Troubled by worry and anxiety?

Pastors are not immune from worry and anxiety. Here's help.

Vicki Griffin, MS, Human Nutrition; MPA; MACN; Health Ministries director, Michigan Conference of Seventh-day Adventists, Lansing, Michigan, United States

Pastors are not immune from worry and anxiety: an upcom­ing board meeting, disgruntled members, family issues, church finances—the list goes on and on.

Science confirms the link between mind-set and disease: “A person’s psychological state is a prominent factor in health.”1 “Attitude, social networks, and a healthy diet are woven together in their importance for physical and mental health.”2

Attitudes such as forgiveness, faith, optimism, happiness, and perseverance lower stress and, along with trust in God, are linked with a reduced risk for heart disease, high blood pressure, infection, ill health, and countless stress-related condi­tions. They also lessen the severity of illness and speed recovery when illness occurs.3

A steady state of worry, hostility, unforgiveness, hopelessness, grief, and depression increases the risk of infection, inflammatory conditions, and disease, and slows recovery from sickness.4 Many factors con­tribute to disease, and even those with a positive outlook on life get sick. Nevertheless, a positive mind­set is as important to good health as exercise and diet.

Do you worry about various issues? Practicing the following seven suggestions may help tip your mental scales toward the positive side of life:

1. Smile. Smiling is free—but its benefits are priceless. Doing so lowers stress hormones in the brain, and may power up the body’s immune system.

2.   Express gratitude. People who express gratitude tend to live longer, healthier lives. Mentally rehearsing or writing a list of daily blessings is a powerful buffer against mental depression and physical illness.

3.   Focus on the positives. Continu­ally ruminating over sad events or worrisome thoughts is linked to many kinds of depression. Do you control your attitude, or does it control you? Concentrating on positive solutions and opportuni­ties will help reduce negative thinking.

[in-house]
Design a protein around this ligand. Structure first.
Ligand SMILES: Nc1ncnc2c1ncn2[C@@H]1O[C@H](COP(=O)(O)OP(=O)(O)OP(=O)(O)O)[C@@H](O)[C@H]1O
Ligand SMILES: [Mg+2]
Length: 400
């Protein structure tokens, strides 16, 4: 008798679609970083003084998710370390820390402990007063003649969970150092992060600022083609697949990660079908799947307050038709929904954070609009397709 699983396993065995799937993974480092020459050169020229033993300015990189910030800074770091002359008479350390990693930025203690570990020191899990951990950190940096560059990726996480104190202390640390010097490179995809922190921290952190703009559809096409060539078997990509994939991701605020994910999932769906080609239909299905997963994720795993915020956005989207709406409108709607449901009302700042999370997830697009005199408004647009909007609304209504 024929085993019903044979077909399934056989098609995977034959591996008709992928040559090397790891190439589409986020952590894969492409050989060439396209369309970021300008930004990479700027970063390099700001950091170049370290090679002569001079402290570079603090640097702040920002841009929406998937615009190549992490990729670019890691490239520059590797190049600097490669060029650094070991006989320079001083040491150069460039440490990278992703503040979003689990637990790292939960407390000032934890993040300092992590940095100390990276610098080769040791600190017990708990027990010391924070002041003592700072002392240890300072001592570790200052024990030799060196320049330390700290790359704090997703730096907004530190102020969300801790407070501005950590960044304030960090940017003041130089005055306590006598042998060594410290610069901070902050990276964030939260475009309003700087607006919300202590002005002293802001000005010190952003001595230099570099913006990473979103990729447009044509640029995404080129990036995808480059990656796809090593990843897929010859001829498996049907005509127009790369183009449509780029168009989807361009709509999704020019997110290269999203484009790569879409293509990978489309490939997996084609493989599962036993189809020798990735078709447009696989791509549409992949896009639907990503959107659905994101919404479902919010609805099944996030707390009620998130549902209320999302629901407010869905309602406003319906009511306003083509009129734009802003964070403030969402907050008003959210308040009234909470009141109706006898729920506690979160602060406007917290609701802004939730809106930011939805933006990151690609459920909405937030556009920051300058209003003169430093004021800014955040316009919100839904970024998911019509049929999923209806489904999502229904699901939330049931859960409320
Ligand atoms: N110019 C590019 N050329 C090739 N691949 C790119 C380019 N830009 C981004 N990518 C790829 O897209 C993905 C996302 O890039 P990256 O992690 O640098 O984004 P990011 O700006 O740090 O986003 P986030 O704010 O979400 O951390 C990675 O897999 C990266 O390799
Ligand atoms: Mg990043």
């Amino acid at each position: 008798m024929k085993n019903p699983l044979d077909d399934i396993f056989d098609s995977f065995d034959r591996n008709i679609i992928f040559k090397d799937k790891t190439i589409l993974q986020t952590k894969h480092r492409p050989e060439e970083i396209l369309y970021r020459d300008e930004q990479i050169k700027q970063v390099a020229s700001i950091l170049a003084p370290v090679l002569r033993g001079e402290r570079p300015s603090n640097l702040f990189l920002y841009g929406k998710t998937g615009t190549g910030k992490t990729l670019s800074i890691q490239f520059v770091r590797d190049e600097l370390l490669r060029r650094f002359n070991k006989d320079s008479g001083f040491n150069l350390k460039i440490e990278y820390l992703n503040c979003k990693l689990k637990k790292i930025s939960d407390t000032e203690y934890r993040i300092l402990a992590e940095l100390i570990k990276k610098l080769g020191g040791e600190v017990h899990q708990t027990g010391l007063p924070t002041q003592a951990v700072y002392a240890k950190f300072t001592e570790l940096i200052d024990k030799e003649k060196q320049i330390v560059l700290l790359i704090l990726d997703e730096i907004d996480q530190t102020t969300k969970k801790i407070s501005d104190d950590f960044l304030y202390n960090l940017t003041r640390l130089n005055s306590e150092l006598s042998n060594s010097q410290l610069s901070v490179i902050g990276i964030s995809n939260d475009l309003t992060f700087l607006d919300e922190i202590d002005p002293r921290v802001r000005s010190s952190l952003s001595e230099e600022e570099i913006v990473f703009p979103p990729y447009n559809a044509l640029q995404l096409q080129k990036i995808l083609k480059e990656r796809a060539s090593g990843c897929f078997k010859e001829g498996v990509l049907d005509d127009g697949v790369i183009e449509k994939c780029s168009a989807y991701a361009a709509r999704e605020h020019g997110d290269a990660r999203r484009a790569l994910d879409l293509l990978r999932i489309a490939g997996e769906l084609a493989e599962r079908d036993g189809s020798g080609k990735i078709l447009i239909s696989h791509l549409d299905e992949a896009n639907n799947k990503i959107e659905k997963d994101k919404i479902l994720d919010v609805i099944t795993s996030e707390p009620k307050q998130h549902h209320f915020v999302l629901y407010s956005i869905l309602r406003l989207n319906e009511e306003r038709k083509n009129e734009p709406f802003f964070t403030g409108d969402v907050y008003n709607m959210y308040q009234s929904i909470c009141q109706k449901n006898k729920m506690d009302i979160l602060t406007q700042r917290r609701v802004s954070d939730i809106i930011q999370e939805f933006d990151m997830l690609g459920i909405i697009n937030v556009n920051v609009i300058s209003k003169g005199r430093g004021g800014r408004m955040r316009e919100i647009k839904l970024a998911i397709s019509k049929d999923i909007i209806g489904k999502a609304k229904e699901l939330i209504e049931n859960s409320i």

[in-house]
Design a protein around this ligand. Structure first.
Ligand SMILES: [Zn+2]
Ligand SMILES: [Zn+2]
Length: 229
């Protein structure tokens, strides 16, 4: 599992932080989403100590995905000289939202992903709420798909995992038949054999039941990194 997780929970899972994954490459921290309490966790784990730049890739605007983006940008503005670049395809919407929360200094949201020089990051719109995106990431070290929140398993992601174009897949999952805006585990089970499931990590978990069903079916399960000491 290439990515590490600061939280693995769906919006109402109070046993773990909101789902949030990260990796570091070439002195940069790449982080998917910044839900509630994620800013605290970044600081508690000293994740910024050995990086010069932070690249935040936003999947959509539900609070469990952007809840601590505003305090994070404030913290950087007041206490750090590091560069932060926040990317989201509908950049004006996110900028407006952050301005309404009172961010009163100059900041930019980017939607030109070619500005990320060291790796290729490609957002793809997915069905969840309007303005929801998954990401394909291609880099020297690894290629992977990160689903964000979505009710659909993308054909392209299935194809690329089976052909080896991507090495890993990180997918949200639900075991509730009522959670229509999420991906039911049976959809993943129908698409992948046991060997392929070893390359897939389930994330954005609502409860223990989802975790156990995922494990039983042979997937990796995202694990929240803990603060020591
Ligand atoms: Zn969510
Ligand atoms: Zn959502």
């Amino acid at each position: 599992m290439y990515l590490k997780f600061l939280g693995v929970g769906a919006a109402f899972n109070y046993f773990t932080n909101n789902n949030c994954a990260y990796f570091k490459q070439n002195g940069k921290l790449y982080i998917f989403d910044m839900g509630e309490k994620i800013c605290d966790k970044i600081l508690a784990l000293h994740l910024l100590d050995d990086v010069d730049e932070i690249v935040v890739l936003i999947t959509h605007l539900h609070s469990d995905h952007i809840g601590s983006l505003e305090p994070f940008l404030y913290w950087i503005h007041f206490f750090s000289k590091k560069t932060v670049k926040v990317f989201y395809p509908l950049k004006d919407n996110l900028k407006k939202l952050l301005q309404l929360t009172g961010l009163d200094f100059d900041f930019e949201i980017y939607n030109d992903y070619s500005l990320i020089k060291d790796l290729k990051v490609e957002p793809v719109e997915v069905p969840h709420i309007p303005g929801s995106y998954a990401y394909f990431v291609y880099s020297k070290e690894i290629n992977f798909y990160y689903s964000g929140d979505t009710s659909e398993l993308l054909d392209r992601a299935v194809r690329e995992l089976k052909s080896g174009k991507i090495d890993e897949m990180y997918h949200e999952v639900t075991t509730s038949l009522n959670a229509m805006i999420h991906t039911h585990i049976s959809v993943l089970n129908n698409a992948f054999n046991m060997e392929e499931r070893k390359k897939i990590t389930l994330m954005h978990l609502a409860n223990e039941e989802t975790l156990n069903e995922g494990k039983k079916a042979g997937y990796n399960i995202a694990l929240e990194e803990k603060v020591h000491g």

4.   Forgive. Harboring anger and grudges hurts you by increasing stress hormones, blood pressure, and triggering other physical ailments. An act may not be excusable, but it is forgivable. Forgiving allows you to let the injury go. The healing spirit of forgiveness is a gift that God bestows to all who ask.

5.   Don’t give up. Successful people are not mistake free—they just refuse to give up. Each one of us can change, learn, and improve. Persevere in spite of challenges and failures. Be inspired by the success of others and learn from criticism. Building a more resil­ient, wholesome attitude will put the oil of enthusiasm back into the mechanics of everyday life.

6.   Nurture your brain and body. Nutri­tion and lifestyle powerfully affect brain function, mood, memory, and learning. Eating whole grains, fresh fruits and vegetables, nuts, and beans has long-term mood- and brain-boosting effects that no snack cake can rival! Drinking water instead of caffeinated and sugary beverages improves alert­ness naturally. Adequate rest is essential for resisting fatigue, irritability, and temptations. And daily exercise, especially in the sunshine and fresh air, has a calming, stress-lowering effect often more powerful than antidepressants.

7.   Help others. Offer to help some­one in some way. It takes less than a minute to open a door for someone, but these little courte­sies help others while boosting your own health and relieve depression. Many studies dem­onstrate that those who spend regular time helping others in service not only cut their overall risk of death, but also improve their quality of life.

Chronic worry, anxiety, and fear are the opposite of trust. Trust in God is the most potent weapon against mental and physical problems. As a pastor, you frequently invite others to place their trust in God; He extends that same compelling, personal invitation to you for each day’s chal­lenges: “Trust in Him at all times, you people; pour out your heart before Him; God is a refuge for us” (Ps. 62:8, NKJV).

Notes:

1 David Beaton, “Effects of Stress and Psychological Disorders on the Immune System” (Rochester Institute of Technology, November 2003), www.personalityresearch.org/papers /beaton.html.

2 Kathryn O. Tacy, “The Role of Prior Protective Factors,” peer review of David Beaton, “Effects of Stress and Psychological Disorders on the Immune System” (Rochester Institute of Technology, November 2003), www.personalityresearch.org /papers/beaton.html.

3 Ibid.

4 Robert Ader, Psychoneuroimmunology (Burlington, MA: Elsevier Press, 2007), 766.

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Vicki Griffin, MS, Human Nutrition; MPA; MACN; Health Ministries director, Michigan Conference of Seventh-day Adventists, Lansing, Michigan, United States

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